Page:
"categorize individual subjects as different" yes, I can see that. Very true, unfortunately. Sad tot think that someone's orientation is perceived to (negatively) influence their professionalism.

"erase differences...between public and personal narratives" interesting thing to say about a movement in general-- that perhaps, a movement meant to do good is actually not representative of what the majority feels? (Thus the "real me" commentary that follows.)

Interesting that she refers to her bi-sexuality in terms of "straight" and "lesbian(ism)" since this is kind of an issue within the bi-community. The idea that a bi-person is "half-straight" or "half-gay" is often considered offensive, as straight, gay and bi are all seen as completely separate terms with absolutely no overlap whatsoever. Perhaps she uses these terms for ease of communication, but part of me believes if she herself found the accusation offensive, she would be inclined to not use the therm lesbian, or would have disclaim earlier in the piece. This seems to exemplify of the "whole" not representing the majority. The movement says "NOT half-gay. We are BI!" but the author says "straight" and "lesbian."

“made the mistake of becoming too comfortable with this class” sad to hear a teacher say something like this; especially when teacher-student relations are already as strained as they are. Also surprising to hear the class met the piece with such strong resistance. A good opportunity to discuss aggressive perceptions, the class’ responses were surprising to see and very disappointing. But the willingness to discuss “Theft” is indeed a small victory, and maybe something sensitive like that should be taught early on, kind of like shock therapy.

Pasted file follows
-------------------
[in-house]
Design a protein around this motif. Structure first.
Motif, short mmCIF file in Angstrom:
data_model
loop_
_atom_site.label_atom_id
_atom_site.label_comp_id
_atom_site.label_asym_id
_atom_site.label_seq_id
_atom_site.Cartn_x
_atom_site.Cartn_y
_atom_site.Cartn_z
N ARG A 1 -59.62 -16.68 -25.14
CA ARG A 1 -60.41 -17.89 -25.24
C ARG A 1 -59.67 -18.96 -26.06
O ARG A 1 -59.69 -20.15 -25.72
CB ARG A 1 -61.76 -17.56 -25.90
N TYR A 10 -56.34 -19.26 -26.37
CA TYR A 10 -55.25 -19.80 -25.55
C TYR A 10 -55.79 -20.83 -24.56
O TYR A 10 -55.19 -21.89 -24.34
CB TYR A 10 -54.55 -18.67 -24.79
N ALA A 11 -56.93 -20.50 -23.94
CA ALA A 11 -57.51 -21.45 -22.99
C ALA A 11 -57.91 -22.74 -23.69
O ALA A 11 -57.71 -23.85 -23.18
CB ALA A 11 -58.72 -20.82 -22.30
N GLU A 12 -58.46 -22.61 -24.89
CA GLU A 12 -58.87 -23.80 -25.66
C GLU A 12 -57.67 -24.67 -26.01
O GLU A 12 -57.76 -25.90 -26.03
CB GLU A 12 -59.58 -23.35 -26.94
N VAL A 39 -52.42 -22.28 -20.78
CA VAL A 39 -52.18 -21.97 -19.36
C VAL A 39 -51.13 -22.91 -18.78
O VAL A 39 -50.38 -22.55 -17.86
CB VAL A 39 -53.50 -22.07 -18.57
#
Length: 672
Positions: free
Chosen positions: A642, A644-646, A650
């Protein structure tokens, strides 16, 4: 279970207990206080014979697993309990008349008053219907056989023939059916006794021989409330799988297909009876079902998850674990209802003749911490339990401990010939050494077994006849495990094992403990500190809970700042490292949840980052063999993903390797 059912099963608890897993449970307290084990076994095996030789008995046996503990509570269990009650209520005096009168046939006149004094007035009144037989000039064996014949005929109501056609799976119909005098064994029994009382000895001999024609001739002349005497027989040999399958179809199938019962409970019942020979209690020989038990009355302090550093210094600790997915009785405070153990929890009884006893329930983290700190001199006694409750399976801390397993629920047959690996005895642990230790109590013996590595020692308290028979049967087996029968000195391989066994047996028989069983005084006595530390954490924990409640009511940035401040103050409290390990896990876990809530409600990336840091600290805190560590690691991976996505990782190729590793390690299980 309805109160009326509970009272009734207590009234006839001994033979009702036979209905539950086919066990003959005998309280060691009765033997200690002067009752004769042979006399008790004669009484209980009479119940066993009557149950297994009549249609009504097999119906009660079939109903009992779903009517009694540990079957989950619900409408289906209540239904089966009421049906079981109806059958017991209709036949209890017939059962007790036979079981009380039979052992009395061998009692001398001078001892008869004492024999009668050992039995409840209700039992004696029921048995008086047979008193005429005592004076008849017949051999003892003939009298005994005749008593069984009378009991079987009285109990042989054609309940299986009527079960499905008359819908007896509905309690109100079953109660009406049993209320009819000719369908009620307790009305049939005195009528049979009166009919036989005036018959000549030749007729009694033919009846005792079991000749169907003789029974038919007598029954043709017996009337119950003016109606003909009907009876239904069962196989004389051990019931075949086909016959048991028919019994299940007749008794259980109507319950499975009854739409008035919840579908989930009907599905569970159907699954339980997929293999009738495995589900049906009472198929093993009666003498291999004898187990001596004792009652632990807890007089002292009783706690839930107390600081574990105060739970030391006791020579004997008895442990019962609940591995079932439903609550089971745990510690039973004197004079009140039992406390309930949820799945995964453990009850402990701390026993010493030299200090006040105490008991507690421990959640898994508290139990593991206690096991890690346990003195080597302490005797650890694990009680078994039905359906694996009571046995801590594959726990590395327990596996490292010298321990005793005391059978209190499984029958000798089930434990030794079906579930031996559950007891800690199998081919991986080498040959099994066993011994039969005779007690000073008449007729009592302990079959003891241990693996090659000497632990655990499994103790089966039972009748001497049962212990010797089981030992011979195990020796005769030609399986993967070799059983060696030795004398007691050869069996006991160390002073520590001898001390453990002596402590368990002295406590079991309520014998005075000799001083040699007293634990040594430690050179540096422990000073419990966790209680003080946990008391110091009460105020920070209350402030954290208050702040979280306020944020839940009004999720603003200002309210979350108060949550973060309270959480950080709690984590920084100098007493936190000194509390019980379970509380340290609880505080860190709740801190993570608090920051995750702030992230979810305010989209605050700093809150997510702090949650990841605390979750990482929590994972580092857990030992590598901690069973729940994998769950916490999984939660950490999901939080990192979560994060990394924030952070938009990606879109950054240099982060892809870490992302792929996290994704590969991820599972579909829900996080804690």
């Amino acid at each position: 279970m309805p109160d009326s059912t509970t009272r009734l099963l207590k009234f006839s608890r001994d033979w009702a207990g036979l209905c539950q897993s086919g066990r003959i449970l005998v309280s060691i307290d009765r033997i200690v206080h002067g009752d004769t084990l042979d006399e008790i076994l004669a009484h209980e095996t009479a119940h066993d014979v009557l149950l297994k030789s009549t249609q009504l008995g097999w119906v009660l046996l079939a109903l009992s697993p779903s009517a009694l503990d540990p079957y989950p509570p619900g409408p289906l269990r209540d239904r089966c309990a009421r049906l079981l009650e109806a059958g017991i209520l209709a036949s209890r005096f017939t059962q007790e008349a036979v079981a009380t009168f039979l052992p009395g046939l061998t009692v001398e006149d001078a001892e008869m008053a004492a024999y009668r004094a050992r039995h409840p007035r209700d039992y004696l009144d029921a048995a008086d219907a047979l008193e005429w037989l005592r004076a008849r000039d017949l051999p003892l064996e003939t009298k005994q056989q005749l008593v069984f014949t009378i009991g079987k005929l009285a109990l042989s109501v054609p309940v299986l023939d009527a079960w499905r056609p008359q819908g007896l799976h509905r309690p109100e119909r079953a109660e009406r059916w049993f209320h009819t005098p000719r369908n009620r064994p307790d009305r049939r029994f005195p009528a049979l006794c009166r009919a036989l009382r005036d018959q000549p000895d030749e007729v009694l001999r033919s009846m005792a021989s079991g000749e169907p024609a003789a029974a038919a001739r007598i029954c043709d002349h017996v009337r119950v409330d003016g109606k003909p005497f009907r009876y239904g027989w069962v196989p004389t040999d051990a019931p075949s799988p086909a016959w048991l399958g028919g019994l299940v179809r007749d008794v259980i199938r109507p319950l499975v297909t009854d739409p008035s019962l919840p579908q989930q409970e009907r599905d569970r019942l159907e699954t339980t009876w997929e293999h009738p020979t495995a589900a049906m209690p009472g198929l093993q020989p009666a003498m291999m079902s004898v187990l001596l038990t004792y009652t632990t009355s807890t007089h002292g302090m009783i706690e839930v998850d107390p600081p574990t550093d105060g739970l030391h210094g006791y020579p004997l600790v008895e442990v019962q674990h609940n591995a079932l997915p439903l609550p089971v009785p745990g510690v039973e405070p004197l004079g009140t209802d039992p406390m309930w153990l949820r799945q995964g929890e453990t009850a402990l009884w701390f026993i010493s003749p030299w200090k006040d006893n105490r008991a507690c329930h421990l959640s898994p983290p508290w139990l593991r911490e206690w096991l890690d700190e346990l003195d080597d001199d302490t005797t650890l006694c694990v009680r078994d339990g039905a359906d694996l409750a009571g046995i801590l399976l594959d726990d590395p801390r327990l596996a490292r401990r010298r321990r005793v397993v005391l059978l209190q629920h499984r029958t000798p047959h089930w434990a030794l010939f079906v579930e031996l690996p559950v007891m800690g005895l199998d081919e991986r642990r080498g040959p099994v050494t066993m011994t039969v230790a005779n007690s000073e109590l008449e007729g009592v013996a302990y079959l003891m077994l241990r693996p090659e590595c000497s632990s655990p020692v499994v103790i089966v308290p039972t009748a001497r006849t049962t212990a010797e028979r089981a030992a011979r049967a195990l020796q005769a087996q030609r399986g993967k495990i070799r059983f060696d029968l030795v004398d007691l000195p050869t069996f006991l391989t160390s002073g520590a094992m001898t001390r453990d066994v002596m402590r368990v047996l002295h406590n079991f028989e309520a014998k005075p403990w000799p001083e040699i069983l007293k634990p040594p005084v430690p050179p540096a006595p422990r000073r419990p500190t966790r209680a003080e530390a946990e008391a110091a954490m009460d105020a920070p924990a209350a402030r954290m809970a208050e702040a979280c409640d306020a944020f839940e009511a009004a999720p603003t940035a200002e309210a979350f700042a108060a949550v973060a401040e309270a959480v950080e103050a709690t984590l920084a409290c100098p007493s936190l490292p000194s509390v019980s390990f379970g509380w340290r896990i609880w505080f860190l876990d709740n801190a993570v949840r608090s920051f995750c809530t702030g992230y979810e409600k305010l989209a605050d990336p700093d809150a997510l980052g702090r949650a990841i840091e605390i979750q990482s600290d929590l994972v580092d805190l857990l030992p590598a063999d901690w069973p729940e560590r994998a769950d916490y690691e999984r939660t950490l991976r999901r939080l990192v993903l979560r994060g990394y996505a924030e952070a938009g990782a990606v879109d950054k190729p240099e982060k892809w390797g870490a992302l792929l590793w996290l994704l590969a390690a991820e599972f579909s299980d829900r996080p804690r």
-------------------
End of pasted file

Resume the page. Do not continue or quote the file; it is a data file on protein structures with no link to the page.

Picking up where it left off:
Butch:
“unearned privilege” interesting how this wording makes it sound like something the author is guilty of.

“center and margins of American society” very powerful and self-aware sentence. Also portrays a really interesting contrast—how one person could occupy both the highs and lows of societal standing at once, depending on what others know about you. As if one were enough to cancel out another. 

"butch or fem... not gay or straight" interesting how physicality contributes to what people think about us. Gender roles and norms and things of the like. Also interesting how she alludes to "butch" being the way a woman carried herself/acted (the soul of a man inside a woman's body).

"lesbian sex wars" is just the most ridiculous phrase I've ever seen in my life.

"butch gender performance" again with the way a woman carries herself.